US-focused Opera News, to cease publication in November after 87 years
NEW YORK (AP) — Opera News, an 87-year-old publication focused on the Metropolitan Opera and spotlighting the art form in the U.S., will print its final issue in November and be incorporated into Britain-based Opera magazine.
The Met announced Tuesday that the Metropolitan Opera Guild, a separate company formed in 1935 by Eleanor Belmont to aid the opera house, will scale back operations and become a supporting organization of the Met. The opera company will take over the education program that allows about 12,000 school children each year to attend dress rehearsals.
Opera News has a 43,000 circulation, including 32,000 in print and 11,000 digital. It is distributed to 28,000 Guild members and has an additional 9,000 paid subscribers. After publishing biweekly during the opera season since 1940, Opera News added monthly summer editions in 1972 and switched to a year-round monthly schedule in 2008.
“It really is the result of several years of declining economic fortunes,” Met general manager Peter Gelb said. “What they’re suffering is what many non-profits have been suffering, which is a situation where the earned revenues and donations are not enough to keep up with the expenses.”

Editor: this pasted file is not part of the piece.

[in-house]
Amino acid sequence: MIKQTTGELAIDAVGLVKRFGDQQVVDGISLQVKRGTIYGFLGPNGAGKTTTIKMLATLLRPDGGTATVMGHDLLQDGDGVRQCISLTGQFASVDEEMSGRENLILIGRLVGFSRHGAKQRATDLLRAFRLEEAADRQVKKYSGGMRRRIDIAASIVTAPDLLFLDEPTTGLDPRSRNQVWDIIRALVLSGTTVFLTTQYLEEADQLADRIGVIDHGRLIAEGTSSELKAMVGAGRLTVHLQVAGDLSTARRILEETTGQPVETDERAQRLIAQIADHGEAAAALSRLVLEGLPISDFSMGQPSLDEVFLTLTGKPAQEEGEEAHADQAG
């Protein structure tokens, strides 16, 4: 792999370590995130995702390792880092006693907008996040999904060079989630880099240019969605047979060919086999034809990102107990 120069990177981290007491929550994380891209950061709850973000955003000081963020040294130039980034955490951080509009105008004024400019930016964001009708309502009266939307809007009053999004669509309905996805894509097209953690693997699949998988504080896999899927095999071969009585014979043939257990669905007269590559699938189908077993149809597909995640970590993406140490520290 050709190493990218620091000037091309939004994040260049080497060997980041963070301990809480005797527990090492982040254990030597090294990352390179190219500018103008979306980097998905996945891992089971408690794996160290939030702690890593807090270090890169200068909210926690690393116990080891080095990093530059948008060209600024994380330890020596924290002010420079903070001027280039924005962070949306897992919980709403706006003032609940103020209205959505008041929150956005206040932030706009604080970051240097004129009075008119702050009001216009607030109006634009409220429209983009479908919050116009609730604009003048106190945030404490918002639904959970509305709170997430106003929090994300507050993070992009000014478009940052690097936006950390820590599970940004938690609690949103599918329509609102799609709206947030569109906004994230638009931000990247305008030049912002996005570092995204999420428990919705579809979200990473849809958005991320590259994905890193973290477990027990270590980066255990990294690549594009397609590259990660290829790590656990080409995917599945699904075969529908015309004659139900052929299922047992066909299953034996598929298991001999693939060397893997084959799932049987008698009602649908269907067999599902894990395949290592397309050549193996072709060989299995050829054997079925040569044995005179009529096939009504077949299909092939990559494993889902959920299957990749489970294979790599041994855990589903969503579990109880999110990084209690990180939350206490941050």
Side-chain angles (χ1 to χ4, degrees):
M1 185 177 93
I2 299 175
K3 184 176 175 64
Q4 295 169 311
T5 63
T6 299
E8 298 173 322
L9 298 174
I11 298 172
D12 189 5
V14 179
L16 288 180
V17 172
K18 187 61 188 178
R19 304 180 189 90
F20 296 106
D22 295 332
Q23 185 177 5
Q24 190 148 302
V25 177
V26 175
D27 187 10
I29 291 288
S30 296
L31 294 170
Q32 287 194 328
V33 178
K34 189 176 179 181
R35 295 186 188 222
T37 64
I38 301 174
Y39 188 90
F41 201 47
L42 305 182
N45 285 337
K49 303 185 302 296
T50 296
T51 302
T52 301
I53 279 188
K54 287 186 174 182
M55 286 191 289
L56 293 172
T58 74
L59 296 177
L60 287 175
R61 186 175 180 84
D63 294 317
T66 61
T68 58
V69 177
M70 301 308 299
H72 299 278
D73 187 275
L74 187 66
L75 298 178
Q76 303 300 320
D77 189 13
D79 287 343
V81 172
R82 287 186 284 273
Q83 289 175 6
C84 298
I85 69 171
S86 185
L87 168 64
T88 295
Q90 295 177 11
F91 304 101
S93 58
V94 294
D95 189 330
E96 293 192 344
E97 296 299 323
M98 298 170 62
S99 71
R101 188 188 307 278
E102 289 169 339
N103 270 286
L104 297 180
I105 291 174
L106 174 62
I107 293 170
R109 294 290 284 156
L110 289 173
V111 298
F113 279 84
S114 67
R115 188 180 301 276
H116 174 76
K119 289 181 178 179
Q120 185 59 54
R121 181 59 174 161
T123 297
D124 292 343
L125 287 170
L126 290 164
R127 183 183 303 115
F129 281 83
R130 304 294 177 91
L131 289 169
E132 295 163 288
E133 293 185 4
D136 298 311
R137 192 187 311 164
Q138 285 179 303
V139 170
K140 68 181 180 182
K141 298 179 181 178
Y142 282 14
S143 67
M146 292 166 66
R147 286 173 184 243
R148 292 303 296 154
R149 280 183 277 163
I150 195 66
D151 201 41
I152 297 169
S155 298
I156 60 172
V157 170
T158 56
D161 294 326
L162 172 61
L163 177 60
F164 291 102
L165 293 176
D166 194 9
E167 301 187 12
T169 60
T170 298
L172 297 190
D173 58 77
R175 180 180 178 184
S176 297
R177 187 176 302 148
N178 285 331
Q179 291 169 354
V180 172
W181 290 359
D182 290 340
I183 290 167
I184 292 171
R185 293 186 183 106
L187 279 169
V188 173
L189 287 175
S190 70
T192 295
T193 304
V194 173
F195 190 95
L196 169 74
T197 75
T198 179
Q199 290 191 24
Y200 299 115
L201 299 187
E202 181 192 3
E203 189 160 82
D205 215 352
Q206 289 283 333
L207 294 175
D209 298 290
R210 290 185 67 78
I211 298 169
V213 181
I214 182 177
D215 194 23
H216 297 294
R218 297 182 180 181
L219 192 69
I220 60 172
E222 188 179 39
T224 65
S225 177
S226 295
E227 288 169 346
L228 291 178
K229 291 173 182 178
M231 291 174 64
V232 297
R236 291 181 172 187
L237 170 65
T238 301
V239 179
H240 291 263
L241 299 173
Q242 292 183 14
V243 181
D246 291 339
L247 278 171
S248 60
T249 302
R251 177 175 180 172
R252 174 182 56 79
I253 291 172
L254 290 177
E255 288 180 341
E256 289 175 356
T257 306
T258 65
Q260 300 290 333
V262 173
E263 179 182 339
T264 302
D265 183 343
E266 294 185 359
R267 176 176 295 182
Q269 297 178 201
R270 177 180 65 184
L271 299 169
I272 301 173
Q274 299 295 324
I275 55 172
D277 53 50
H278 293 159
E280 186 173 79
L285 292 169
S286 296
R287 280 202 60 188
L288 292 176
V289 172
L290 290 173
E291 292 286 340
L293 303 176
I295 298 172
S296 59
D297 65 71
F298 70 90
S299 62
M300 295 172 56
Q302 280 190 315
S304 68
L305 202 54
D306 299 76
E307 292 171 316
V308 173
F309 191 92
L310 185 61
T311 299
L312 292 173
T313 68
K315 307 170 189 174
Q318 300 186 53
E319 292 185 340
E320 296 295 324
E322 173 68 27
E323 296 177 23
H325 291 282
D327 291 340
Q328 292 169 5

Eleanor Belmont, a philanthropist married to financier August Belmont Jr., founded the guild to increase public support for the Met at a time the company’s finances were struggling during the Great Depression.
The guild had revenue of $3.2 million in the fiscal year ending June 30, 2022, a drop from $4 million in the prior year. That was down from $11.9 million in the year ending June 30, 2019, the last before the coronavirus pandemic.
The Met said 20 Guild employees will get severance packages but the opera company hoped to hire several. Guild board members are being invited to join the Met board. The annual Opera News Awards and luncheon honoring singers will be discontinued.
Opera magazine has 20,000 print subscribers and estimates it has 60,000 readers. It has a four-person editorial office.
John Allison, Opera’s editor, said it had not yet been decided whether to arrange a U.S. printing plant. Rebecca Paller, who has written for Opera, will become its U.S. editor, and Opera will add a focus on Met theater telecasts and radio broadcasts,
“We’ve always covered the American scene in a lot of detail, and here really what we’ll be doing is just I guess you might say upgrading the American coverage,” Allison said. “In that sense, it should be quite seamless.”